Hack Then Refactor: Going from Comments to Classes*

Sep 30, 2013

Rough Drafts Should Look Rough

One of the common challenges holding up beginning game developers, much like it holds up beginning writers, is trying to get everything down right the first time, perfect immediately, as soon as it’s “on the page.” A rough draft ought to be rough, whether it’s written in code or in words. It’s the best time to be taking some chances, hashing out some incomplete thoughts to see where (if anywhere) they lead, getting it on screen as typed characters to then figure out in the following steps step how it might be better rearranged, chunked, and reorganized.

Schooling introduces everyone to some basic process steps to apply this process to writing. For practical game coding we’re mostly on our own.

Functionality First Then Revise and Edit

One process for doing that in code is something that I mentioned briefly in the refactoring entry.

Broken down here into a step-by-step expansion of the strategy:

  1. Give up pretense for elegance or doing things the proper way and just embrace the hackiness while figuring out what you want. Even if this is the first step of a larger projects, treat this step like game jam or timed programming challenge, just get it working and out of your head. Don’t worry yet about optimization, what you’ll keep, code readability, or organization, just get it working to be able to make a more informed choice about what’s worth keeping. During initial prototyping treat it less like an engineering task and more like brainstorming, sketching, or outlining. My early iterations when getting a game working can tend to look a little like this (though handling all 4 movement directions instead of just 1, and usually for a less trivial interaction):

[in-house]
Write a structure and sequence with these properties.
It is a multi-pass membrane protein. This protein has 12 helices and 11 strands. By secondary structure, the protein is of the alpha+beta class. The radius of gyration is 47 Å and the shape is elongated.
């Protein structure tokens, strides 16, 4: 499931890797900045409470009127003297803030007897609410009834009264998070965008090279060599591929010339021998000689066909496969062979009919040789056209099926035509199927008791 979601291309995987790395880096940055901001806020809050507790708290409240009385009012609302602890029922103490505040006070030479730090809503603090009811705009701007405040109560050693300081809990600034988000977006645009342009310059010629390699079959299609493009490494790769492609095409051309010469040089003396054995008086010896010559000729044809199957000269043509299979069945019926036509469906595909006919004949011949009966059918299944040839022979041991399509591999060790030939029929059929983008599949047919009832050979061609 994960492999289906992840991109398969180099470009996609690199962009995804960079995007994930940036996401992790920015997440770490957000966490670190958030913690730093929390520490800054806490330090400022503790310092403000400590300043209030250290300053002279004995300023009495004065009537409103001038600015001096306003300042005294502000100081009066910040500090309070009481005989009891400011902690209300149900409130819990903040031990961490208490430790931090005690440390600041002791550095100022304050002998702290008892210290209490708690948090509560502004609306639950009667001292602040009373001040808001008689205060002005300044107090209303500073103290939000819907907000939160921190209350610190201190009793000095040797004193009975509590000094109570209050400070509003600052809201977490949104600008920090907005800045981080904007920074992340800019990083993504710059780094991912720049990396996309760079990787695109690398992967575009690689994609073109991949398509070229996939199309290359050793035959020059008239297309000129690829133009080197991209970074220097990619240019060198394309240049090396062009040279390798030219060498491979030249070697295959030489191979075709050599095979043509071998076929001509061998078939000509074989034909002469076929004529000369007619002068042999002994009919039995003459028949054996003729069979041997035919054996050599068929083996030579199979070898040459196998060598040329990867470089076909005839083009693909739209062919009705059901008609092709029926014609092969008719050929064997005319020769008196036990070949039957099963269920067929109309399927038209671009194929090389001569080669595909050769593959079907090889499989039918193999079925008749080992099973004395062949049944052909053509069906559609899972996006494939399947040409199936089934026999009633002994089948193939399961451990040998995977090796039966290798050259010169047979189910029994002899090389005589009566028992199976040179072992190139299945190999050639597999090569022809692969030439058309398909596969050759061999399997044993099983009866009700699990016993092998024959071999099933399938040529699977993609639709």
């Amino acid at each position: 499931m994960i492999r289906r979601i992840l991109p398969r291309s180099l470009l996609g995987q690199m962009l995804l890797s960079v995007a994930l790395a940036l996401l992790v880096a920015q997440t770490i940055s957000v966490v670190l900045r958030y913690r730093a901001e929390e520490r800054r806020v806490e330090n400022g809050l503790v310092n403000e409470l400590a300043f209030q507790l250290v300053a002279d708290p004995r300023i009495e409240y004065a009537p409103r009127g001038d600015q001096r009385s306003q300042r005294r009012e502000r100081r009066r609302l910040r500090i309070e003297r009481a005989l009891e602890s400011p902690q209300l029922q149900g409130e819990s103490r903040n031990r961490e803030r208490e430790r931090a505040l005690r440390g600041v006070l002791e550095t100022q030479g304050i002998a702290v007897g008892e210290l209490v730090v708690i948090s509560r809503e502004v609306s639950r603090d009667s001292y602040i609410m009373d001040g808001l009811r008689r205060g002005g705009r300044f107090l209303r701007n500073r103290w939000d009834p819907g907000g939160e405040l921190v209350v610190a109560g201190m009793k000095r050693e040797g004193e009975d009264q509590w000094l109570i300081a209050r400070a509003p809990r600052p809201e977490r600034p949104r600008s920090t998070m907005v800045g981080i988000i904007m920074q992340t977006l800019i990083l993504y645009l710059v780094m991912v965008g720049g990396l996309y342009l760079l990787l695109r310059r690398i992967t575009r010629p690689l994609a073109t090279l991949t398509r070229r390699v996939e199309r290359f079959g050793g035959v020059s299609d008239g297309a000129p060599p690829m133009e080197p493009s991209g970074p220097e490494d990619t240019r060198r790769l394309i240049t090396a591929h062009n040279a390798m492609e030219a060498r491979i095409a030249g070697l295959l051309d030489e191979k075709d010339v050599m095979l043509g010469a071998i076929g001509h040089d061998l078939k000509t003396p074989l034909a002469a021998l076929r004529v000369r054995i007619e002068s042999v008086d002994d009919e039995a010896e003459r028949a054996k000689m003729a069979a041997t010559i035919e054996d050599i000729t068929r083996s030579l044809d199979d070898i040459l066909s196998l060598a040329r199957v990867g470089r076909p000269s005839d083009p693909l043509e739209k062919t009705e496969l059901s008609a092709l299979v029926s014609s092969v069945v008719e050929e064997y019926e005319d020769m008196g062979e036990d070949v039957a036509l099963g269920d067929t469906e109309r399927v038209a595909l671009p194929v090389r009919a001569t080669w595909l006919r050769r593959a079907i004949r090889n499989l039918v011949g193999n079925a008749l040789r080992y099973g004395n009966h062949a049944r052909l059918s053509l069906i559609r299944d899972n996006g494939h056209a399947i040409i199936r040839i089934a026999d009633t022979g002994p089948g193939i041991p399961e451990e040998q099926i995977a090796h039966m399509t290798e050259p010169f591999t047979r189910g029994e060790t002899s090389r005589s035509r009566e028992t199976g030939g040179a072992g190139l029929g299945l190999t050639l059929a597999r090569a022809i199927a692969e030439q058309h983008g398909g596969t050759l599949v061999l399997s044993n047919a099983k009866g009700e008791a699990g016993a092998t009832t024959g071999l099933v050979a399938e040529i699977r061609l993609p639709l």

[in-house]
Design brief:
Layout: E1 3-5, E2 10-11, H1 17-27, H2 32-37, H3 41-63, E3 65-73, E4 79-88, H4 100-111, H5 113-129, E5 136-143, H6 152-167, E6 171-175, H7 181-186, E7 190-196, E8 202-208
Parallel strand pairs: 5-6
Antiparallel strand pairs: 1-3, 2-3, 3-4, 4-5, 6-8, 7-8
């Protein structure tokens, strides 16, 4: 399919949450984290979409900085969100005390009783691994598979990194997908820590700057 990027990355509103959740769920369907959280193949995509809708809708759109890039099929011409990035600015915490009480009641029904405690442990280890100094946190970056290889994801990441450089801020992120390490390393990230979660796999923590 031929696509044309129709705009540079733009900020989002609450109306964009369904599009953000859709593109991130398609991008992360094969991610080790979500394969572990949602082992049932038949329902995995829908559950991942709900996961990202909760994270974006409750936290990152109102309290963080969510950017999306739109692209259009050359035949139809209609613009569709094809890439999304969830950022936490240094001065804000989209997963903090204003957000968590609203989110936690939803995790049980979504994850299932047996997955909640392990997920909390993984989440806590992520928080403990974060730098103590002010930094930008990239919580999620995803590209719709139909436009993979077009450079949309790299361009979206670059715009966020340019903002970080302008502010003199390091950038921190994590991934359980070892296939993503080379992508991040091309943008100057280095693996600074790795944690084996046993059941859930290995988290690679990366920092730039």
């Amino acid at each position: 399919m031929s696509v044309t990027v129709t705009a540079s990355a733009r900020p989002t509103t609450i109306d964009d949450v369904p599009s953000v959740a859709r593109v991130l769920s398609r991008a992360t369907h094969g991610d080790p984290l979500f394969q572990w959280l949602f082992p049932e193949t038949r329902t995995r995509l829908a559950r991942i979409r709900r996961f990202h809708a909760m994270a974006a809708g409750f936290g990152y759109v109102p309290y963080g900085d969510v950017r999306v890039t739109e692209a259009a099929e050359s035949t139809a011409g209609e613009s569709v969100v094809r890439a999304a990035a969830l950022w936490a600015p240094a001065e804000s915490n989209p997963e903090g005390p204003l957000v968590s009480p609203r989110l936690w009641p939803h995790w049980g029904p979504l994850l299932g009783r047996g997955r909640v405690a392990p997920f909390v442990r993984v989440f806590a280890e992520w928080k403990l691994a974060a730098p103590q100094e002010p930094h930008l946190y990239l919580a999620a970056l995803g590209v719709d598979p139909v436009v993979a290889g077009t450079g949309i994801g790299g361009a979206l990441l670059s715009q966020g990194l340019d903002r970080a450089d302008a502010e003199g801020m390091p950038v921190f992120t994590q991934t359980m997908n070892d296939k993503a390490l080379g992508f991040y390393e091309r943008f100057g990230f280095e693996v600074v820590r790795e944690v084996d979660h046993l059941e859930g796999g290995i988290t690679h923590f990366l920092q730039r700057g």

//// DISCLAIMER: this is just pseudocode, not valid C++, AS3, Java, etc.
    int playerX, playerY, enemyX, enemyY;
    int enemyAlive = 1;
    int playerHealth = 1;
    Bitmap backgroundFile; // loading jpg elsewhere in code

    function everyFrameTick() { // incomplete example for illustration! if(keyboard.holding(RIGHT)) { playerX++; } if(playerX > screenWidth) { playerX = screenWidth; } if(distance(playerX,playerY,enemyX,enemyY) < collisionRange) { playerHealth--; enemyAlive = 0; } drawImage(backgroundFile); if(enemyAlive != 0) { drawCircle(enemyX,enemyY,color.RED); } if(playerHealth > 0) { drawCircle(playerX,playerY,color.GREEN); } }